Attracting quality talent and retaining top performers remains a struggle for employers. In early 2021, employers across the country were surveyed about various employment related topics, including attraction and retention, and roughly 150 employers responded. Their responses help provide insight into the many trending strategies used to attract and retain employees.
3 Tips for Strategic Recruiting
Amid the COVID-19 pandemic, recruiting has entered into a strange paradigm. Despite record unemployment levels, some employers are still finding it difficult to recruit talent. That’s due in part to the fact that, after a year of remote work and health uncertainty, some employees want their jobs to provide more than just a paycheck. This means employers can do more to attract and retain workers with expectations influenced by the COVID-19 pandemic (i.e., those seeking wellness-related perks or to retain their remote working arrangements)—some employers are even going above and beyond in order to stand out. Put another way, employers should consider creative ways to leverage existing benefits and accommodate workers in order to increase the flow of new talent. Here are three strategies for employers to think about:
1. Tout Remote Working Capabilities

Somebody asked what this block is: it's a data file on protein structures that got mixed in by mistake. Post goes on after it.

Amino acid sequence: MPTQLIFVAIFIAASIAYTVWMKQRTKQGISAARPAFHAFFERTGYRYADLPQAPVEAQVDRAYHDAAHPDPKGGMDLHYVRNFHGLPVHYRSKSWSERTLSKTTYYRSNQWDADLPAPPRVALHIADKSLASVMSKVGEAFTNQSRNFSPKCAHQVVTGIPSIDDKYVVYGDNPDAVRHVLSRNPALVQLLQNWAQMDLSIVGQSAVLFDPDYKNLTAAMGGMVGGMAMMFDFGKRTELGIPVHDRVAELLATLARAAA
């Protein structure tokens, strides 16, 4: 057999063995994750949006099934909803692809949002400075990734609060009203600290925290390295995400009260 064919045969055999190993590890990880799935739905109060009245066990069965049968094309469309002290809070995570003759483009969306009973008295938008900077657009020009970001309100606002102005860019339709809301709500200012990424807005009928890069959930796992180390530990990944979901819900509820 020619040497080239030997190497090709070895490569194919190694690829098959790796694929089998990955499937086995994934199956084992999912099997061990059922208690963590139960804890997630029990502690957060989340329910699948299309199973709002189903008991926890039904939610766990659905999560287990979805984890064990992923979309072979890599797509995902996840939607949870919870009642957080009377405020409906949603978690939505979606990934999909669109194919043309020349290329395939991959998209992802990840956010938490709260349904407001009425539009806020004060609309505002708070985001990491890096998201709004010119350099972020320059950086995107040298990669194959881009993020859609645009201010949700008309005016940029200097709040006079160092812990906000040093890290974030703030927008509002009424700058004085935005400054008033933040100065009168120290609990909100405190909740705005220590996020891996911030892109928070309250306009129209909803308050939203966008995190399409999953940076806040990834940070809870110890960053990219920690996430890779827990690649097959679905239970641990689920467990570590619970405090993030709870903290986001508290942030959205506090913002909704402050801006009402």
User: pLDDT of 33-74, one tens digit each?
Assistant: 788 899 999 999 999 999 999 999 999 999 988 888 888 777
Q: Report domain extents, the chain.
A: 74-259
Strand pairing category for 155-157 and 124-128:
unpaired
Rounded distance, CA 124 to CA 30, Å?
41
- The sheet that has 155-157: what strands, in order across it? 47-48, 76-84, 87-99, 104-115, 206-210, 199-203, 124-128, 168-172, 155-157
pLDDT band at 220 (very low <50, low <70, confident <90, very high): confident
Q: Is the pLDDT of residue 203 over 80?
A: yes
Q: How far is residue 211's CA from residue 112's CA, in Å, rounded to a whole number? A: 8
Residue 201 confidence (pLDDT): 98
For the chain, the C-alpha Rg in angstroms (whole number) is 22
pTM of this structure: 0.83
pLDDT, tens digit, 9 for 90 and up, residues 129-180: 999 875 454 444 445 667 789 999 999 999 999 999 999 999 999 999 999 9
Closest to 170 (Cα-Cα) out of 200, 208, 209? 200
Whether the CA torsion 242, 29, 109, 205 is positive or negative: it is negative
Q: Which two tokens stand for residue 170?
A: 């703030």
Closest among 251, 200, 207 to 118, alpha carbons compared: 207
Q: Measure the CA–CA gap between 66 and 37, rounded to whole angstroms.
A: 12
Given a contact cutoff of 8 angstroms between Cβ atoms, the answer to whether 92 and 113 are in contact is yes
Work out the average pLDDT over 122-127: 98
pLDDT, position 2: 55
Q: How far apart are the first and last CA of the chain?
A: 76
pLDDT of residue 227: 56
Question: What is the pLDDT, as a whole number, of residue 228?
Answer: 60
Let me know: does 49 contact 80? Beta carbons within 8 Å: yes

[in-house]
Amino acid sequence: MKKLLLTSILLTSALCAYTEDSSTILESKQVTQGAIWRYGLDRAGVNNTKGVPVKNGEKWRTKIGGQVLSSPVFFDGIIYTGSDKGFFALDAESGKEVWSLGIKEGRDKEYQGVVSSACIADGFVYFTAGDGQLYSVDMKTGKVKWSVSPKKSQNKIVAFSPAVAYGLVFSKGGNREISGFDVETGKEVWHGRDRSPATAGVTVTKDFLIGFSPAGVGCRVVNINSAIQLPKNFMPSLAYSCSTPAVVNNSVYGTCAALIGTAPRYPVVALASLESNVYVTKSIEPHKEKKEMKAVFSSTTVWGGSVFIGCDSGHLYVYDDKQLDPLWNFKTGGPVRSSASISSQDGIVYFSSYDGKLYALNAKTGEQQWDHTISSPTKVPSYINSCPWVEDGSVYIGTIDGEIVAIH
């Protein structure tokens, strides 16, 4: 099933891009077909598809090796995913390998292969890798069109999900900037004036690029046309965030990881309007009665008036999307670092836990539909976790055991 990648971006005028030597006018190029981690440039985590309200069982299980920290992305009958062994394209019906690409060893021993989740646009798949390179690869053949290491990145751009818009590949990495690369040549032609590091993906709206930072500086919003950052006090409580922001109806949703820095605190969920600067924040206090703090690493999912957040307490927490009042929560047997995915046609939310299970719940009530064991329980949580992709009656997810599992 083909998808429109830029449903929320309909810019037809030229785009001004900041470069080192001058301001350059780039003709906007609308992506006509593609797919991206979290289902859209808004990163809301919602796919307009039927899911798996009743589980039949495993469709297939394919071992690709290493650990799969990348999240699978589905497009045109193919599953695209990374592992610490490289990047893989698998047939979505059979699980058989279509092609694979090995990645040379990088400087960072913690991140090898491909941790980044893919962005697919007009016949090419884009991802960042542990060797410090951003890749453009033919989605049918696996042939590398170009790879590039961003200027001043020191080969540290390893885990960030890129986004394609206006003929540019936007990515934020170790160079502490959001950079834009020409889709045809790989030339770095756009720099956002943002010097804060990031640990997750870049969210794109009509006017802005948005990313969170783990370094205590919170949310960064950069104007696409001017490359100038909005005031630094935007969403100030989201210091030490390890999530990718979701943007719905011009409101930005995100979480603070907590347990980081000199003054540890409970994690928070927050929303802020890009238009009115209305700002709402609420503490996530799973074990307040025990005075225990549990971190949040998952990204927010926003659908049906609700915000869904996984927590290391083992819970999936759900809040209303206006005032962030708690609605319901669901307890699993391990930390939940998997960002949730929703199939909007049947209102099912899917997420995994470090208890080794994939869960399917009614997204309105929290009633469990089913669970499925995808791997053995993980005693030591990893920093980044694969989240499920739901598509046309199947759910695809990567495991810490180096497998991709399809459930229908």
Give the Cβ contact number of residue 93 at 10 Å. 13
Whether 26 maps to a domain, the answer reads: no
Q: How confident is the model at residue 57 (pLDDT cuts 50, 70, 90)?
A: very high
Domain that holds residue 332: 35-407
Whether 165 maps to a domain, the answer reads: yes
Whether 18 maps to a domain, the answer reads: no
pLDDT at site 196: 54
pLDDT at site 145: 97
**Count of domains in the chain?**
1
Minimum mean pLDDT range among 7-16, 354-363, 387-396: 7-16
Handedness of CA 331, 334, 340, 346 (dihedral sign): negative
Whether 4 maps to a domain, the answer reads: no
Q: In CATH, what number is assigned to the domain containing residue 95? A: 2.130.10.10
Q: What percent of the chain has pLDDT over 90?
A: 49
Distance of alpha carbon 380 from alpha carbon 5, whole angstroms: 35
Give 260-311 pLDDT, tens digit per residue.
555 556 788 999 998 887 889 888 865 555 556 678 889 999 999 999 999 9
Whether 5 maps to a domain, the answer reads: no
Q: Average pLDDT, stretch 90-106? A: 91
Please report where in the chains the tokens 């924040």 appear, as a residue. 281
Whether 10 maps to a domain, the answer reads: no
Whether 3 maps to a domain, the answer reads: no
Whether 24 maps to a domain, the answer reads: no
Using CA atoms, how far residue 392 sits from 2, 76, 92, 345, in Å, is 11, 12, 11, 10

Many employees are unwilling to give up remote work after a year of getting used to it. If an organization allows remote work, it should emphasize that point during recruiting conversations. Work-place flexibility could be more appealing than other perks to some individuals.
2. Streamline the Hiring Process
The longer it takes for candidates to hear back from a company, the greater the opportunity a more attractive offer comes and steals them away. Employers can streamline their hiring by using technology efficiencies such as virtual interviewing and text-message vetting. Employers can also consider other methods for getting individuals into positions faster, such as internal promotions and cross-training.
3. Provide Flexibility
More than ever before, employees are looking for greater workplace flexibility. Beyond fully remote work, this means the ability to adjust working hours or take time off at the last minute. For instance, an employee may seek a schedule that allows them to work in the office some days and from home on others. Employers with bandwidth can consider allowing managers to work with employees on such arrangements to help attract individuals seeking flexibility, such as working parents.
While nonexhaustive, these strategies can help employers stand out from others during their hiring conversations. Let's talk
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